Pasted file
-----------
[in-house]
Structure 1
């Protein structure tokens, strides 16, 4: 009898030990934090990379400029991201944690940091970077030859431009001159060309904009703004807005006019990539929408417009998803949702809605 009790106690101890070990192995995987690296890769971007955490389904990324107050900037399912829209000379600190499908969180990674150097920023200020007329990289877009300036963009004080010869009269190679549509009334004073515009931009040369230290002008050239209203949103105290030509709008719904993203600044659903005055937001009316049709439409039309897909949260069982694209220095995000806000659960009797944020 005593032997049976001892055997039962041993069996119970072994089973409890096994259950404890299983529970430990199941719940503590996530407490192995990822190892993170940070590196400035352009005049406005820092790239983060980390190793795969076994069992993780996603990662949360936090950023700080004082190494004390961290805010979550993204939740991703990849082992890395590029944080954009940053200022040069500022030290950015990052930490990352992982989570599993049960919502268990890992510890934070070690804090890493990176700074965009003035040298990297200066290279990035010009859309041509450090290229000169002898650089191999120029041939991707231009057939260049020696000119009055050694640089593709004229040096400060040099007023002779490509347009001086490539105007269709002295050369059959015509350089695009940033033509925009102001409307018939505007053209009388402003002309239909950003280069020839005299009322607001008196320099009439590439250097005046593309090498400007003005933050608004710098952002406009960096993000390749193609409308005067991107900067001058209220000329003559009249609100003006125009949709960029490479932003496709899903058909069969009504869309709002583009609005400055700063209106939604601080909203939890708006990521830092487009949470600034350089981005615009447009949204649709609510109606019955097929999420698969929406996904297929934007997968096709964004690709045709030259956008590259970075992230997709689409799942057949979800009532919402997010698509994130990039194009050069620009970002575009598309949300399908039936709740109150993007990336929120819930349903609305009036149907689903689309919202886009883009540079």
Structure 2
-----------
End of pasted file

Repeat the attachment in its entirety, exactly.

[in-house]
Structure 1
């Protein structure tokens, strides 16, 4: 009898030990934090990379400029991201944690940091970077030859431009001159060309904009703004807005006019990539929408417009998803949702809605 009790106690101890070990192995995987690296890769971007955490389904990324107050900037399912829209000379600190499908969180990674150097920023200020007329990289877009300036963009004080010869009269190679549509009334004073515009931009040369230290002008050239209203949103105290030509709008719904993203600044659903005055937001009316049709439409039309897909949260069982694209220095995000806000659960009797944020 005593032997049976001892055997039962041993069996119970072994089973409890096994259950404890299983529970430990199941719940503590996530407490192995990822190892993170940070590196400035352009005049406005820092790239983060980390190793795969076994069992993780996603990662949360936090950023700080004082190494004390961290805010979550993204939740991703990849082992890395590029944080954009940053200022040069500022030290950015990052930490990352992982989570599993049960919502268990890992510890934070070690804090890493990176700074965009003035040298990297200066290279990035010009859309041509450090290229000169002898650089191999120029041939991707231009057939260049020696000119009055050694640089593709004229040096400060040099007023002779490509347009001086490539105007269709002295050369059959015509350089695009940033033509925009102001409307018939505007053209009388402003002309239909950003280069020839005299009322607001008196320099009439590439250097005046593309090498400007003005933050608004710098952002406009960096993000390749193609409308005067991107900067001058209220000329003559009249609100003006125009949709960029490479932003496709899903058909069969009504869309709002583009609005400055700063209106939604601080909203939890708006990521830092487009949470600034350089981005615009447009949204649709609510109606019955097929999420698969929406996904297929934007997968096709964004690709045709030259956008590259970075992230997709689409799942057949979800009532919402997010698509994130990039194009050069620009970002575009598309949300399908039936709740109150993007990336929120819930349903609305009036149907689903689309919202886009883009540079």
Structure 2